On a legal level, it is important to be able to prove that you have done everything for the usability of your product in case of an emergency. If a use error could have been prevented by an appropriate Usability Engineering process, this use error may be considered a product defect and your company will be liable for it.
How do you achieve compliance with the Usability Obligation for your medical device?
Even though Usability Engineering is mandatory and essential for your own medical device, there is very little guidance in the standards on how to implement it.
The IEC 62366 and the FDA guidance document „Applying Human Factors and Usability Engineering to Medical Devices“ tell you exactly how to implement the Usability Obligation for your medical device.
The implementation of the Usability Obligation using the IEC 62366:
IEC 62366:2015 is the standard on the Usability Engineering process and replaces its predecessor, the IEC 62366:2007. It is divided into two parts:
- IEC 62366-1 goes by the title “Application of usability to medical devices.”
- IEC 62366-2, entitled “Guide to the application of usability engineering to medical devices”, then provides the concrete guidance for implementing the requirements of IEC 62366-1.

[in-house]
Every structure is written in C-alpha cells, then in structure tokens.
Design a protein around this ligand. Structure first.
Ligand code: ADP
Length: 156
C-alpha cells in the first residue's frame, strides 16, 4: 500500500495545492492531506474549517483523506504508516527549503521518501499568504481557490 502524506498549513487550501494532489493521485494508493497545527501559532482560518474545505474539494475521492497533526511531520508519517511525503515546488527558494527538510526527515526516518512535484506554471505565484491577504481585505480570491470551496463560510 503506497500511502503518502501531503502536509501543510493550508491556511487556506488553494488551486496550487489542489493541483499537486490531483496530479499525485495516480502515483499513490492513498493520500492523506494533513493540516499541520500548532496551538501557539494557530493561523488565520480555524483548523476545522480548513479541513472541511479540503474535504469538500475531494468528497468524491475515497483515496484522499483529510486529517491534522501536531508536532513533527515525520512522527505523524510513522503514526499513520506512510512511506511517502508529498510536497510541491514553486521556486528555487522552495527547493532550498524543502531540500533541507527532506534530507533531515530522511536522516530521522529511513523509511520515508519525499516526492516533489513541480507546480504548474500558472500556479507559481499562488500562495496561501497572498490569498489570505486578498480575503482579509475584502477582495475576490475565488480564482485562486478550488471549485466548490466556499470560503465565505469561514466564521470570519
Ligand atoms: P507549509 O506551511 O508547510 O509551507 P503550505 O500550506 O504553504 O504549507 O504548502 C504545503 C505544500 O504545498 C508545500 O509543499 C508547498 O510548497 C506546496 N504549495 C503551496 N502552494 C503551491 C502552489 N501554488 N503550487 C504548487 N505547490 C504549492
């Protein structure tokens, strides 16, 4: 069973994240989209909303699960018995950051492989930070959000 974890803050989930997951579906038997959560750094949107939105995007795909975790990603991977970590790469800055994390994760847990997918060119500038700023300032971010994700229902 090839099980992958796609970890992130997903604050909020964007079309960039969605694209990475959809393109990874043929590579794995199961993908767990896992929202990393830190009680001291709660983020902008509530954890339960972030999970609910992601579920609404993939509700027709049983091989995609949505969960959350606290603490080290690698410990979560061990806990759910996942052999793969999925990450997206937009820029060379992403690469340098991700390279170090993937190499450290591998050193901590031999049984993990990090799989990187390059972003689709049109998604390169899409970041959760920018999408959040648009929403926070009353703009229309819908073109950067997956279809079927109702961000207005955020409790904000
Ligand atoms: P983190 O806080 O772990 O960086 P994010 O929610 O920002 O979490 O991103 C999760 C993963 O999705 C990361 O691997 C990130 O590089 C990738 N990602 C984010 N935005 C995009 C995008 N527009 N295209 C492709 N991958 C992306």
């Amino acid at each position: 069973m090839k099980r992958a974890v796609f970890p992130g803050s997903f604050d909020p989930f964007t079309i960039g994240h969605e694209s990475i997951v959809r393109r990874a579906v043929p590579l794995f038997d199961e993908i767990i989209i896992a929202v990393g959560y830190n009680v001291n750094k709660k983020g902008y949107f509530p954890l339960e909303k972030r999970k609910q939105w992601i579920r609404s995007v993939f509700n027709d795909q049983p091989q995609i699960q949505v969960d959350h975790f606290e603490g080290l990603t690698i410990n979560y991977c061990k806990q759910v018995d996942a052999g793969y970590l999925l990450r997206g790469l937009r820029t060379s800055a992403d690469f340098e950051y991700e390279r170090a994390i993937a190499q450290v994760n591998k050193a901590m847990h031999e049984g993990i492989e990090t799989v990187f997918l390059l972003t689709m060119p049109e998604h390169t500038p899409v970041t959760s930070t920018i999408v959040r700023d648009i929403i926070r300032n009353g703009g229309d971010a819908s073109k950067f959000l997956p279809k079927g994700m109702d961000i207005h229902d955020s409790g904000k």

IEC 62366-1:2015 mandates the application of a Usability Engineering process to medical devices. It specifies what manufacturers must accomplish in order to:
- To analyze
- To specify
- To develop
- Evaluate for usability
What is delivered is therefore a Usability Engineering process that is designed to minimize risks as far as possible. This is done by ensuring proper use and eliminating ergonomic features that pose risks. Close collaboration with ISO 14971:2007, the standard on the application of risk management to the manufacture of medical devices, is also specified.
The second half of IEC 62366, i.e. IEC 62366-2, provides more concrete information on how to implement the Usability Engineering process in one’s own product development.
In our article with the title “Usability Engineering nach IEC 62366-1” we explained the process step by step.
The implementation of the Usability Obligation using the Guidance Document “Applying Human Factors and Usability Engineering to Medical Devices” of the FDA:
IIn a guidance document entitled „Applying Human Factors and Usability Engineering to Medical Devices” the FDA specifies very clear measures for Usability Engineering. The aim is to provide developers with assistance in guaranteeing safe, efficient use through the Usability Engineering process.